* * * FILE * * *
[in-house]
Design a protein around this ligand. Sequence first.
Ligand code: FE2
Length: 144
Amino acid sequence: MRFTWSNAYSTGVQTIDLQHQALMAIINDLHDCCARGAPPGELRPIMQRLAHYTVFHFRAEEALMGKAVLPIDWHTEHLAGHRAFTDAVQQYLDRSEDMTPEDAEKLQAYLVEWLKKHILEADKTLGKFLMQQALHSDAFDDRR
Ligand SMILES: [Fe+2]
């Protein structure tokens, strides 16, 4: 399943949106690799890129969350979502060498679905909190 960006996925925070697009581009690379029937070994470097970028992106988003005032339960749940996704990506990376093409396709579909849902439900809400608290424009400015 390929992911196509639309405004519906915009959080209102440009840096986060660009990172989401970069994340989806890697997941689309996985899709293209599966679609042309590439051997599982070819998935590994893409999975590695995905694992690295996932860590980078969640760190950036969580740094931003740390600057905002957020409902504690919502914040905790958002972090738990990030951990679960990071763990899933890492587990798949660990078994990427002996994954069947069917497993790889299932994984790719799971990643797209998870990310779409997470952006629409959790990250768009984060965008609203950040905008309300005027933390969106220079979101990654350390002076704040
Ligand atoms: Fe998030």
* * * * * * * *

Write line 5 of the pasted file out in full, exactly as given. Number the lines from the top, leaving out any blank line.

Amino acid sequence: MRFTWSNAYSTGVQTIDLQHQALMAIINDLHDCCARGAPPGELRPIMQRLAHYTVFHFRAEEALMGKAVLPIDWHTEHLAGHRAFTDAVQQYLDRSEDMTPEDAEKLQAYLVEWLKKHILEADKTLGKFLMQQALHSDAFDDRR